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Originally Posted by sbarner
These are still decent starter tandems. Santana upped the bar beyond what the French could reach, but Mel Pinto's long bikes rode much better than similarly equipped Peugeot and Gitane tandems. I'm not sure who made them for Mel Pinto Imports. A suggestion I would make to the eventual purchaser is that, when you cut down those long casings, route the double lever with a single wire and either move the drum brake to an added shift lever, or to a lever on the stoker's bars. It's only a drag brake anyway, and those double-pull levers, while cool looking, never were a good idea with mechanical brakes.
Originally Posted by sbarner
This lets you use the drum as it works best, to slow the bike over long descents and keep the rim brakes from overheating. Also, the cable pull for the rim and drum brakes is different, so getting maximum braking power is tough and prone to going out of adjustment. Finally, with mechanical systems, you are dividing the force, requiring a stronger pull on the brake lever to get the same stopping power at any single brake. This is the biggest reason most automobiles went to hydraulic systems in the 1920s. Some people will run the left lever to the drum and the right to the front and rear cantis, but that reduces their performance and doesn't allow you to direct more force to the front brake in a panic stop. Your setup is the best, as long as you remember to release the brake at the bottom of the descent! Tandems are one application where disc brakes totally rule.
I 1,000% agree that running both rim brakes off one lever is a bad idea. Imagine this scenario that actually happened to me: A front tire blowout - and I mean a gunshot-loud-tire-is-flat-right-now-blowout - going down a steep descent. That immediately makes both rim breaks unavailable, because if you hit the front brake in these circumstance the front wheel will lock up, and bad things happen. Because it's a tandem, you won't go over the bars and face-plant, but you will still go down and incur road rash at a minimum. Fortunately, we had only started down the steep (17%) pitch so didn't have a full head of steam up, and I was able to get us stopped without crashing by using the drum brake and ultimately dragging a foot (I'm still not sure how I managed this, and my stoker still thanks me for not getting him killed). It could have been much. much worse; the front tube ended up wrapped around the bottom of the headset. My stoker and I installed a new tube (the tire was okay, amazingly enough) and proceeded down the rest of the 10 mile descent veeeery carefully.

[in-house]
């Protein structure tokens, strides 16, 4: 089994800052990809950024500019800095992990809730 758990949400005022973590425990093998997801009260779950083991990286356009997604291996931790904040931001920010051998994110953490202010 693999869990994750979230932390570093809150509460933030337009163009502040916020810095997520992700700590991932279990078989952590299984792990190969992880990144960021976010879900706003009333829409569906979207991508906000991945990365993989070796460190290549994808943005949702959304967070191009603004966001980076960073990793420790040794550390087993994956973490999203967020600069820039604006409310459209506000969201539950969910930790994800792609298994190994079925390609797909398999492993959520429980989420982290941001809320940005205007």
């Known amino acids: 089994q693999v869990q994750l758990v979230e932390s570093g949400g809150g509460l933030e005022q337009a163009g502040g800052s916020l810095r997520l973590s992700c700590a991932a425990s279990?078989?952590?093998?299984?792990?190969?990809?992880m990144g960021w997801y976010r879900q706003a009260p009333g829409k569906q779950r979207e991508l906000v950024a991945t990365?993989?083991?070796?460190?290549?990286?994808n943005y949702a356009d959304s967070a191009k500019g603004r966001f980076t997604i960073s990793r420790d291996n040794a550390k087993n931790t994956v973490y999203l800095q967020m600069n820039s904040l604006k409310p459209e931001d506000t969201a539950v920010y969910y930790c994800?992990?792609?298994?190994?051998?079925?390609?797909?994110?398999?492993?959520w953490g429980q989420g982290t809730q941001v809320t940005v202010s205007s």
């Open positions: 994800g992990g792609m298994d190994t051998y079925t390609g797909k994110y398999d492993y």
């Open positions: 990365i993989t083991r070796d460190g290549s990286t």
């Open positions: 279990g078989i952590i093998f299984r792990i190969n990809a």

Suffice to say, that tandem no longer runs both rim brakes off the same lever. My solution: brifters, with the drum drag brake cable running from where the RD shift cable usually is. (Shifting is done via barcons.) Each rim brake has it's own brake lever, the drag brake can be used in "set and forget" mode, as is appropriate, and I can operate all three brakes from the two levers at the same time. Works like a charm, although it isn't exactly C&V.
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Old 03-07-24, 09:04 PM
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Originally Posted by bikingshearer
I 1,000% agree that running both rim brakes off one lever is a bad idea. Imagine this scenario that actually happened to me: A front tire blowout - and I mean a gunshot-loud-tire-is-flat-right-now-blowout - going down a steep descent. That immediately makes both rim breaks unavailable, because if you hit the front brake in these circumstance the front wheel will lock up, and bad things happen. Because it's a tandem, you won't go over the bars and face-plant, but you will still go down and incur road rash at a minimum. Fortunately, we had only started down the steep (17%) pitch so didn't have a full head of steam up, and I was able to get us stopped without crashing by using the drum brake and ultimately dragging a foot (I'm still not sure how I managed this, and my stoker still thanks me for not getting him killed). It could have been much. much worse; the front tube ended up wrapped around the bottom of the headset. My stoker and I installed a new tube (the tire was okay, amazingly enough) and proceeded down the rest of the 10 mile descent veeeery carefully.